New York Times Bestsellers
Click to search this book in our catalog The Judge's List
by John Grisham

Library Journal In The Whistler, Lacy Stoltz, an investigator for the Florida Board on Judicial Conduct, challenged a crime syndicate paying off a crooked judge. Now she's back, facing the possibility that a judge is committing a crime far worse—murder.

(c) Copyright Library Journals LLC, a wholly owned subsidiary of Media Source, Inc. No redistribution permitted.

Newbery Medal Winners
Click to search this book in our catalog The Higher Power of Lucky
by Susan Patron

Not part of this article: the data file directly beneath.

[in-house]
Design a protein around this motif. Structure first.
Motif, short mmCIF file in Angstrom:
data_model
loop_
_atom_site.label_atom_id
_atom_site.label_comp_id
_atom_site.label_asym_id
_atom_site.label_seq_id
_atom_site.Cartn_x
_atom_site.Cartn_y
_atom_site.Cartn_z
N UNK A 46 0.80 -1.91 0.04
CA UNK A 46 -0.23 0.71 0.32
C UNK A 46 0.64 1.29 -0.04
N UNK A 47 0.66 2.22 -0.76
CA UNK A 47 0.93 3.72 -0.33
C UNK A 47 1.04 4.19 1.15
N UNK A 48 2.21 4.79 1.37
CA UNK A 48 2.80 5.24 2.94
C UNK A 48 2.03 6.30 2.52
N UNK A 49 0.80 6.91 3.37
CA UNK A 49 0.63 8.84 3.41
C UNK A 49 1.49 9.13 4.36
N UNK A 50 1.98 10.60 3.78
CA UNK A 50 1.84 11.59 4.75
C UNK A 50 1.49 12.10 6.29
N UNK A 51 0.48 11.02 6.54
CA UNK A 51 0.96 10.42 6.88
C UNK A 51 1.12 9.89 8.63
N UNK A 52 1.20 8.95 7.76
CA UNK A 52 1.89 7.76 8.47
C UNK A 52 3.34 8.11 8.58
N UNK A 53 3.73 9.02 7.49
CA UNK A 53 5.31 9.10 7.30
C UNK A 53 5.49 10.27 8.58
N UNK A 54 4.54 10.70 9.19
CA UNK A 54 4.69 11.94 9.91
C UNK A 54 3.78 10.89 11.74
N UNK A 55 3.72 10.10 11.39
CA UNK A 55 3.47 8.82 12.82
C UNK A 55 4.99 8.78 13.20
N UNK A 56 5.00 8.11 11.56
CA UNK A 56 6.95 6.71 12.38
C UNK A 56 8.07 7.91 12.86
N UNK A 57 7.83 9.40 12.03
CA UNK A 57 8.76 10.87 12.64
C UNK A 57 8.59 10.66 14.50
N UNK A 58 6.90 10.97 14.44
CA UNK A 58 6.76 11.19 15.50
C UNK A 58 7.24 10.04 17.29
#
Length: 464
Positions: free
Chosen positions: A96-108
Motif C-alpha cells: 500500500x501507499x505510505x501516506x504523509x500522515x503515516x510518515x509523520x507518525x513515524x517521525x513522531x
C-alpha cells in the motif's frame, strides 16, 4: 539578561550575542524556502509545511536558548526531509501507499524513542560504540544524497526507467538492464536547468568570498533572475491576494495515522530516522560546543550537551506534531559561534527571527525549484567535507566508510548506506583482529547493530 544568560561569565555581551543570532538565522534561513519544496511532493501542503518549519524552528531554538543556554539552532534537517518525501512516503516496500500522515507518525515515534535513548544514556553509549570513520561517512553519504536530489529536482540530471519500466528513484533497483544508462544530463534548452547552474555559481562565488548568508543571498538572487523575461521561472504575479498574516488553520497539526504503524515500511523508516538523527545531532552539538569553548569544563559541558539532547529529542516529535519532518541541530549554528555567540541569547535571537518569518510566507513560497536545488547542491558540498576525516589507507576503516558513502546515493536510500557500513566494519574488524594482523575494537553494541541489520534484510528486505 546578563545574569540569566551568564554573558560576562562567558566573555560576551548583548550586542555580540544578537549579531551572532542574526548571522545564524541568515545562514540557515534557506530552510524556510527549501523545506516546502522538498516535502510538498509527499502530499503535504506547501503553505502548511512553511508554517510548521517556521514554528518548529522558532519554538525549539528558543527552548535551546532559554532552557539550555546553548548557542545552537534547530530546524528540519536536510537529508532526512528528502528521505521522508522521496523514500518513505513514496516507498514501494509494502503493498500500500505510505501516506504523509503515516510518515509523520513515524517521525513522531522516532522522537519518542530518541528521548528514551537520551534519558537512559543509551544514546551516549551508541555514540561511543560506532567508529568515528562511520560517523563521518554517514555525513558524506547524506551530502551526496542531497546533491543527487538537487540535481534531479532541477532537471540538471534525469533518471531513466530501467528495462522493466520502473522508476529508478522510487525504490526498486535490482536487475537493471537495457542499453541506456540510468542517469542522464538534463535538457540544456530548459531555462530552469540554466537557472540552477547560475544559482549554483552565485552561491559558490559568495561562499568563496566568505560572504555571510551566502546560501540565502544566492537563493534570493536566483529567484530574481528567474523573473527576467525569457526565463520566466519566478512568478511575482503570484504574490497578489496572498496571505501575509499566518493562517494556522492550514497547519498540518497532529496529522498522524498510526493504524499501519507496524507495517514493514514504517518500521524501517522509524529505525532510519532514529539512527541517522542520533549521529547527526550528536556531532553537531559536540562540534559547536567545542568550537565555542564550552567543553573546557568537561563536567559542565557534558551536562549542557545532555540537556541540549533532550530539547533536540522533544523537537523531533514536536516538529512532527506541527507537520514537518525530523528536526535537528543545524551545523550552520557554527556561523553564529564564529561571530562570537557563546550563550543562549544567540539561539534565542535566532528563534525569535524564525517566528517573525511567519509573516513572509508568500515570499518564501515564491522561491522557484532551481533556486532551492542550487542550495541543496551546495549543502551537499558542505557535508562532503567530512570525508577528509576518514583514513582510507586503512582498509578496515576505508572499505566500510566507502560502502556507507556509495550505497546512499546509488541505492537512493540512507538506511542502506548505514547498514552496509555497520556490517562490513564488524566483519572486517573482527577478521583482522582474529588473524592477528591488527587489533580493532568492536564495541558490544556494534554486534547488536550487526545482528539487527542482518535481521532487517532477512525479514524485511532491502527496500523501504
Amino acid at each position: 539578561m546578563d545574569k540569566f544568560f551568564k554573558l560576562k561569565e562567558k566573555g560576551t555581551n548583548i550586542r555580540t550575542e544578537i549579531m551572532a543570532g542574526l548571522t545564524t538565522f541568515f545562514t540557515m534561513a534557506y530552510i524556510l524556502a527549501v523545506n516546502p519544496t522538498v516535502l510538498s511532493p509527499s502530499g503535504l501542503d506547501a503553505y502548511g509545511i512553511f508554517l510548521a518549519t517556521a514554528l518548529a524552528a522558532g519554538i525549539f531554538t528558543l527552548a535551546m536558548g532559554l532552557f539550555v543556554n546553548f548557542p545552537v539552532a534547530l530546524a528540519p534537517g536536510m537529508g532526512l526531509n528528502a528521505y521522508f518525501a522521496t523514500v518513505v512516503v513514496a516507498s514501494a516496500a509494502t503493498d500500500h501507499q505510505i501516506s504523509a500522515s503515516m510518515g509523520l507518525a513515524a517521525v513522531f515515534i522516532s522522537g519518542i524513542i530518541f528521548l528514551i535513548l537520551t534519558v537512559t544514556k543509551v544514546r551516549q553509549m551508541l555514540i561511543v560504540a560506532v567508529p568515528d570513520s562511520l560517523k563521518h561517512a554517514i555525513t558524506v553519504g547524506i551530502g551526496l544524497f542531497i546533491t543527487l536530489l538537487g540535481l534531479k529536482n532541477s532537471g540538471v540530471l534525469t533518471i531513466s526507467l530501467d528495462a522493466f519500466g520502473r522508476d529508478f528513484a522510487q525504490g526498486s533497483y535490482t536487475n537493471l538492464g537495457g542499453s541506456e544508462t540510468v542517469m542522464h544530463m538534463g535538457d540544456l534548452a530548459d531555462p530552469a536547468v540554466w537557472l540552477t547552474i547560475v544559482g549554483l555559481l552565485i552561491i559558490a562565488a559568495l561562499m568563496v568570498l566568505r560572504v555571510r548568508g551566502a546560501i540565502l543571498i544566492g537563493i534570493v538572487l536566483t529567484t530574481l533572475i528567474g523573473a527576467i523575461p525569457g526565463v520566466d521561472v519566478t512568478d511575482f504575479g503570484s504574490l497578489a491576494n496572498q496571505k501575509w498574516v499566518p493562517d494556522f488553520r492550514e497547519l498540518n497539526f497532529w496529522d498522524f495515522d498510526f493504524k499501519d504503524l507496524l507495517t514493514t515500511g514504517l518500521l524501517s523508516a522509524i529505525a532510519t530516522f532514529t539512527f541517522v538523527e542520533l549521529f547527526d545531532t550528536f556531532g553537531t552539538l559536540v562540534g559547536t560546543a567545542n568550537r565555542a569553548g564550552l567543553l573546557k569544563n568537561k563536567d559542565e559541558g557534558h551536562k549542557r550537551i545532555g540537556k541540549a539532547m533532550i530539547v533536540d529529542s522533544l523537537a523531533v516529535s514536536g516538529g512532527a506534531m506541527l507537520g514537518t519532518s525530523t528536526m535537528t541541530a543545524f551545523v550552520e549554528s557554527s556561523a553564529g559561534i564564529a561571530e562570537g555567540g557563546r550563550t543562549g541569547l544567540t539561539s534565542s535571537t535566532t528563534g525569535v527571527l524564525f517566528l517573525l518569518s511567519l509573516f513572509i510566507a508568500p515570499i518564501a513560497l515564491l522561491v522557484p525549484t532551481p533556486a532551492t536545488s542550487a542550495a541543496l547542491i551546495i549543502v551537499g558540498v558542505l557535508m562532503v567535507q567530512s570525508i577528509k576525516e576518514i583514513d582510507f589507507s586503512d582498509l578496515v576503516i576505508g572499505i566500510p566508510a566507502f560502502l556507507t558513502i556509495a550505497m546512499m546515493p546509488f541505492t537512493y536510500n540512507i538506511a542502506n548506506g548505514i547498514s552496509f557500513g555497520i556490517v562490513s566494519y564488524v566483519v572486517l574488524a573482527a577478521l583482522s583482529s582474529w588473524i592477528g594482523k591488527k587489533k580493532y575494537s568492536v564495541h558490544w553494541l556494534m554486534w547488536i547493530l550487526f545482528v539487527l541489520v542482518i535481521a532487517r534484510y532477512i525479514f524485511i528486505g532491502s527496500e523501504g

School Library Journal Gr 4-6-When Lucky's mother is electrocuted and dies after a storm, Lucky's absentee father calls his ex-wife, Brigitte, to fly over from France to take care of the child. Two years later, the 10-year-old worries that Brigitte is tired of being her guardian and of their life in Hard Pan (pop. 42) in the middle of the California desert. While Lucky's best friend ties intricate knots and the little boy down the road cries for attention, she tries to get some control over her life by restocking her survival kit backpack and searching for her "Higher Power." This character-driven novel has an unusually complicated backstory, and a fair amount of exposition. Yet, its quirky cast and local color help to balance this fact, and the desert setting is fascinating. Lucky's tendency to jump to conclusions is frustrating, but her struggle to come to terms with her mother's death and with her new life ring true. Phelan's cover and line drawings are simple and evocative, a perfect complement to the text. Fans of novels by Deborah Wiles and Katherine Hannigan will be happy to meet Lucky.-Adrienne Furness, Webster Public Library, NY (c) Copyright 2010. Library Journals LLC, a wholly owned subsidiary of Media Source, Inc. No redistribution permitted.